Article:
Mikita: Well, first of all, in the software business we all work using just our heads, right? And we’ve got to be creative. We have to be able to come up with different ideas and then execute on them, and creative jobs are not managed by fear. There are different parts of the human brain that are responsible for different types of reactions, but we’ll not go deep into that. What I learned personally is first of all, I have to try to give people as much ownership as possible. I do have to guide. I do have to show direction and share the vision and communicate that vision over and over. I have to do everything in my power so that the people that work with me feel that they own whatever they’re responsible for and feel empowered in order to make things happen.
Andrew: And so how do you do that?
Mikita: Step out of the way. Try to provide as much resources as possible. Try to hook my team members up with someone who’s been there, done that, and have them learn that way. Try to help them in the ways that are not confronting with what they do and that’s very, very difficult sometimes. You just want to get shit done and you want to do it fast and you know how to do it. But you know when that’s what’s going to happen, when you’re going to take a step forward and just do someone’s job for them, then they’re going to feel micromanaged and they will not learn. And like you said, sometimes you just have to let people make mistakes.
All that is very hard. Like, intuitively you’re trying to optimize for speed, you’re trying to take the fastest path toward the goal, and sometimes you have to do it. But like figuring out the cases when you should slow down and let people do their thing and maybe fail, if it’s not too costly, that’s the education budget that you have to [inaudible 00:55:52]. Those are just a few things that I think that were very important. So the importance of giving bad news early on is . . . I cannot emphasize this more. This was very, very important.
Andrew: The importance of getting what early on?
Mikita: Giving bad feedback early on.
Andrew: Let the person know, “This is not what I’m looking for.”
Andrew: As early in the hiring process or . . .
Mikita: In any kind of process.
Andrew: Always. So as soon as I see a problem, I should be vocal about it?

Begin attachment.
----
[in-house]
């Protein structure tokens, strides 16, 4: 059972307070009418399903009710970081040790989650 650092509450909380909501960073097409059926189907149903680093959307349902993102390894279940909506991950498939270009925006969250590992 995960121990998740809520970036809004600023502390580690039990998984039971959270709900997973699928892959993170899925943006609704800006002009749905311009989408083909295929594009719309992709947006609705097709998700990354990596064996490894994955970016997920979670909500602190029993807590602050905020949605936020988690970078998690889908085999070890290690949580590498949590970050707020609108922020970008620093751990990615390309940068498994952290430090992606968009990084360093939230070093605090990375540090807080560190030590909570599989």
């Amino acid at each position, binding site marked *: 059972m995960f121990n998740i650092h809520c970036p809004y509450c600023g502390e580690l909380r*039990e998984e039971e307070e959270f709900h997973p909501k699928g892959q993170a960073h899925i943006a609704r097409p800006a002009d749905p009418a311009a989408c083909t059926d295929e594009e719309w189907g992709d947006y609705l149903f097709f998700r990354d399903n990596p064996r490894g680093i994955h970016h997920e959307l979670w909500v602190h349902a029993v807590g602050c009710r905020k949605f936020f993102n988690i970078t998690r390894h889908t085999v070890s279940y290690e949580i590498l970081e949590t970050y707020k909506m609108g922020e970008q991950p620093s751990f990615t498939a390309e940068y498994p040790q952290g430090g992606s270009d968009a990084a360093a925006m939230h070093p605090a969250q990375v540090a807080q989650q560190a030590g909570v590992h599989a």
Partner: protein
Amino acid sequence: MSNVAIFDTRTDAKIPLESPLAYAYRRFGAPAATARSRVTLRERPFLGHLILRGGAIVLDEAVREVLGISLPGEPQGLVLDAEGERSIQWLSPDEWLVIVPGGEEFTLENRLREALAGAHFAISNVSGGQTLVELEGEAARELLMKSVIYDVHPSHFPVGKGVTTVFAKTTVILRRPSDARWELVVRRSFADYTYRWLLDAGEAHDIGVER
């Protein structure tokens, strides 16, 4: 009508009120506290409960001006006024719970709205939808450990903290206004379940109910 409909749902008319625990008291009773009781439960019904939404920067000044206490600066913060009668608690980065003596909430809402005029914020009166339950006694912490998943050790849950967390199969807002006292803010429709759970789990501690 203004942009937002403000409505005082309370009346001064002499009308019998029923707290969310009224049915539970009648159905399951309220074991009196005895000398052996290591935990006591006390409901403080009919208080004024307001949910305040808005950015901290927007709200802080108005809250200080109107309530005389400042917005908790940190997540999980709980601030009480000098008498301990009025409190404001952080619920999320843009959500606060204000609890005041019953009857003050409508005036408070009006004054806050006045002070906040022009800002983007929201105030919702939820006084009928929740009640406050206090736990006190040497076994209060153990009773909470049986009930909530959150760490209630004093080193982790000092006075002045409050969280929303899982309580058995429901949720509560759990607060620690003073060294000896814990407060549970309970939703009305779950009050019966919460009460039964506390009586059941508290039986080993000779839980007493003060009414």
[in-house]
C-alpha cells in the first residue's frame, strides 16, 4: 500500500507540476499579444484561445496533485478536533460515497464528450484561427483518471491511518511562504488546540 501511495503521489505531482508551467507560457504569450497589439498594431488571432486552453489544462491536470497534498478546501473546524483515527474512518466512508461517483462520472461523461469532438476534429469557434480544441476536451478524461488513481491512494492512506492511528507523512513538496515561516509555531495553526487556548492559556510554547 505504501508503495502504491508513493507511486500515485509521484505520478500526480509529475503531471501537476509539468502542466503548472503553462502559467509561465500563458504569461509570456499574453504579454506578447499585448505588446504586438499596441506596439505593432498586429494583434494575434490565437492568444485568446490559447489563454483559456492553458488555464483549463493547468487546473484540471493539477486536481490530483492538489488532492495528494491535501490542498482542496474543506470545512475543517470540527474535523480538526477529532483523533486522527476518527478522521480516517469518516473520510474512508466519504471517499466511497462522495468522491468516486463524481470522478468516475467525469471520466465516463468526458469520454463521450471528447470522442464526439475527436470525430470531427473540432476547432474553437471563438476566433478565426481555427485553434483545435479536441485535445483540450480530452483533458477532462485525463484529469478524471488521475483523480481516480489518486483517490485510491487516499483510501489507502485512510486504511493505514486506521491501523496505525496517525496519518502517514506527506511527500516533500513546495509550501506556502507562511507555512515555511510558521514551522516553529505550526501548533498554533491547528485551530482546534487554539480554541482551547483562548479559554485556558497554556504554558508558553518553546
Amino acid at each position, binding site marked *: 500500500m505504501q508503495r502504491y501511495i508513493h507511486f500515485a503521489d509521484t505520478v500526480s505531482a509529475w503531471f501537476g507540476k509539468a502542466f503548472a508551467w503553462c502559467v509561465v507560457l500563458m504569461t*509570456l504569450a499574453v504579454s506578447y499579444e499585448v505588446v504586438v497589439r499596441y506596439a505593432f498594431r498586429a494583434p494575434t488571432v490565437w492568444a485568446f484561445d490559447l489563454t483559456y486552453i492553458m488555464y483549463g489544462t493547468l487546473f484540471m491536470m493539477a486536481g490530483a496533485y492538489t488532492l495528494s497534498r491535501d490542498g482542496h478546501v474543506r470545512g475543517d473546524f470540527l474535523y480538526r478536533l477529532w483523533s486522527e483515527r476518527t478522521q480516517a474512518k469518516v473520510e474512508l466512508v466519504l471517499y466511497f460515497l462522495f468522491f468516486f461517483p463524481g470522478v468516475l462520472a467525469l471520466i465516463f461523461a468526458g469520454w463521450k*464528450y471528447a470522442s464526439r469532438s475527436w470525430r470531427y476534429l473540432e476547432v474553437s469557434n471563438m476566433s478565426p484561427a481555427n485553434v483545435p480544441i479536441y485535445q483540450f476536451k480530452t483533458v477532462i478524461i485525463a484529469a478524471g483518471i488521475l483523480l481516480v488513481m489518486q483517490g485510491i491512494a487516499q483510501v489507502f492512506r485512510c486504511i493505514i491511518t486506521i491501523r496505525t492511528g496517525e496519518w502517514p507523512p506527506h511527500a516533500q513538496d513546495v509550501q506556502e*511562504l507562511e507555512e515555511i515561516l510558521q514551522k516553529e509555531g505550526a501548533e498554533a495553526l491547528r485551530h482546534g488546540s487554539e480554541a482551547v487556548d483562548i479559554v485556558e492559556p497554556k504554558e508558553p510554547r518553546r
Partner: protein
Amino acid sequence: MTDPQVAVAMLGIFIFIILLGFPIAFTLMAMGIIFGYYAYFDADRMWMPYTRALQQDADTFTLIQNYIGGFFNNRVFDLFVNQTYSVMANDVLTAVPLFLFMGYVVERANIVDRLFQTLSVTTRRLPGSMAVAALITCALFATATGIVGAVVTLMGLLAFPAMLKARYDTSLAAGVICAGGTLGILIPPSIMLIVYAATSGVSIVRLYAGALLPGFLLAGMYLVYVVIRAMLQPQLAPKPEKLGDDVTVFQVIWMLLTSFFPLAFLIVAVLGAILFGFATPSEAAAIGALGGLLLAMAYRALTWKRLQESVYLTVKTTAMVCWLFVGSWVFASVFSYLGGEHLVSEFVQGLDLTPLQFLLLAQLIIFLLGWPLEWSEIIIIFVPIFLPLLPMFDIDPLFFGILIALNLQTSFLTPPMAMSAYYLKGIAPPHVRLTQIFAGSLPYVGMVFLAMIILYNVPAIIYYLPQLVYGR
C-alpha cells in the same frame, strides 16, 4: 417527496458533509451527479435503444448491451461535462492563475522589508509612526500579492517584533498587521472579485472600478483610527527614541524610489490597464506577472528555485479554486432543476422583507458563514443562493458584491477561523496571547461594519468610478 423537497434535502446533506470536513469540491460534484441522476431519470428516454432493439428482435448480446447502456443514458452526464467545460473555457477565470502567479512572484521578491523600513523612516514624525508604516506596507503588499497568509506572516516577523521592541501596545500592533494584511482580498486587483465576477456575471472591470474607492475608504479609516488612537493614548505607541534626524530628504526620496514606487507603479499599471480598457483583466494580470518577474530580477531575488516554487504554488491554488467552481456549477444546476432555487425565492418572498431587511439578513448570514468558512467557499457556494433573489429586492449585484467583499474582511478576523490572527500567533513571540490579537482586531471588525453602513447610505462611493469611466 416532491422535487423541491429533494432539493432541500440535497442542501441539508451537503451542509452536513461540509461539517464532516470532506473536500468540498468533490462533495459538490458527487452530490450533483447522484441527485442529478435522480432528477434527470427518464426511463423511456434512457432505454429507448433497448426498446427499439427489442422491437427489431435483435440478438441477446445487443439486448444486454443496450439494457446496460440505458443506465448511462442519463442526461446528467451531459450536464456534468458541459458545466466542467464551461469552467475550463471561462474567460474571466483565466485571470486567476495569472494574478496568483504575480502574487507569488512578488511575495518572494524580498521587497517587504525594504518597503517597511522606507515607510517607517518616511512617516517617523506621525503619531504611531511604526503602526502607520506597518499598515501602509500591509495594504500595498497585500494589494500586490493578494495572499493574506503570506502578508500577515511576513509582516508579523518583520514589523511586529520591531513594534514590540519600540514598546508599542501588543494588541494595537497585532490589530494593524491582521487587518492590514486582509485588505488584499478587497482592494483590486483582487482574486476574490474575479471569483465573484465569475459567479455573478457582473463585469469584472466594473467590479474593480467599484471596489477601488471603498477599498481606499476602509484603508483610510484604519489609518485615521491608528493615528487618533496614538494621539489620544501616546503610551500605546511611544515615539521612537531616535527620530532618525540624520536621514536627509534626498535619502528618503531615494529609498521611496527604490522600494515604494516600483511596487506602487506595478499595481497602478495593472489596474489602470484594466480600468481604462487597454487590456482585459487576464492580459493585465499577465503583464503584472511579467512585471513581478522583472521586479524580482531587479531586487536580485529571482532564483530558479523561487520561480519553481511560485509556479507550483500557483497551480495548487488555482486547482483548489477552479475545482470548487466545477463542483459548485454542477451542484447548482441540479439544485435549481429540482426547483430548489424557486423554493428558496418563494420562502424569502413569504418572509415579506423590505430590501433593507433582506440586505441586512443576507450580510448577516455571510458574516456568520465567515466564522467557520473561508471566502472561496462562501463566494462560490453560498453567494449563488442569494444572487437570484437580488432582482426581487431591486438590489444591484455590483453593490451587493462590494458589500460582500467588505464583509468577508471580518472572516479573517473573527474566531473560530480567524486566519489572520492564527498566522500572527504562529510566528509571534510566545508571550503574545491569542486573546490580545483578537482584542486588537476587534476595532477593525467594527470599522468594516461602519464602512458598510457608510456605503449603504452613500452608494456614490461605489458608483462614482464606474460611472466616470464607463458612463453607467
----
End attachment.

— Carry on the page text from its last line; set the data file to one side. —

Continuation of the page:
Mikita: Exactly, but do it in a very, very smart way. Like problems happen. You know, like everyone makes mistakes. I make mistakes. We’re not perfect. No one is perfect and figuring out a way to turn mistakes into learning experiences is what . . . You know, I don’t think I’ll ever be done learning that, but that’s an important realization that I came to over the last few years.
Andrew: Okay. Is there a methodology? Is there someone who helped you learn this? Is there someone we could go learn from?
Mikita: Well, my colleague and a bunch of books. So I like to read books. I also use Audible to just listen to stuff while I’m getting to work or getting back home and let’s say, “15 Commitments of Conscious Leadership” is a fantastic book.
Andrew: What is it? 15 . . .
Mikita: “Commitments of Conscious Leadership.”
Mikita: “Quiet Leadership” is a really good one too. Anything that talks about management, influence and Euro science is something that I’d probably dig.
Andrew: I see it. Wow. I can’t believe you were helped that much from this book, and I never even heard of it. I thought that through doing these interviews I came up with a really good bookcase of books for business. There it is. “Quiet Leadership” is by David Rock and “15 Commitments of Conscious Leadership” is by Jim Dethmer, I guess is the pronunciation, and Diana Chapman.
Andrew: Those are really good recommendations. By the way, we were talking about Glassdoor. I don’t know if you know VaynerMedia, but if you want to see some of the most interesting Glassdoor reviews . . . Hate working there. Some of them are just so pissed.
Mikita: Working with Gary? What?
Andrew: Yeah. I’ve nothing but positive experiences with Gary. I think he needs to address this whole Glassdoor thing. I know he’s talked about it a little bit, but man, he’s got to talk about it internally with his team. I’ll leave it to him. I’ve got to have him back on here and we’ve got to talk about that and a couple of other things. But for now, anyone who wants to check out your site can go to PandaDoc. I really dig the t-shirt, by the way. I think that it actually doesn’t look like a techy t-shirt. It just looks like a cool, San Francisco t-shirt.
Mikita: Do you want one?
Andrew: What’s on the bottom of it? “Smart document automation.”
Mikita: Yeah. It says, “San Francisco [Mensch].”
Andrew: All right. So there it is. PandaDoc and don’t forget my two sponsors, the company which gets you phenomenal designs. They showered me with so many different options I had a hard time picking one but I did. I picked it. It’s called DesignCrowd. We’re talking about designcrowd.com/mixergy and if you want to get your website hosted right, hostgator.com/mixergy. Thanks so much for doing this interview.
Mikita: My pleasure, Andrew. Thank you.
Andrew: Straight from the pod. Bye everyone.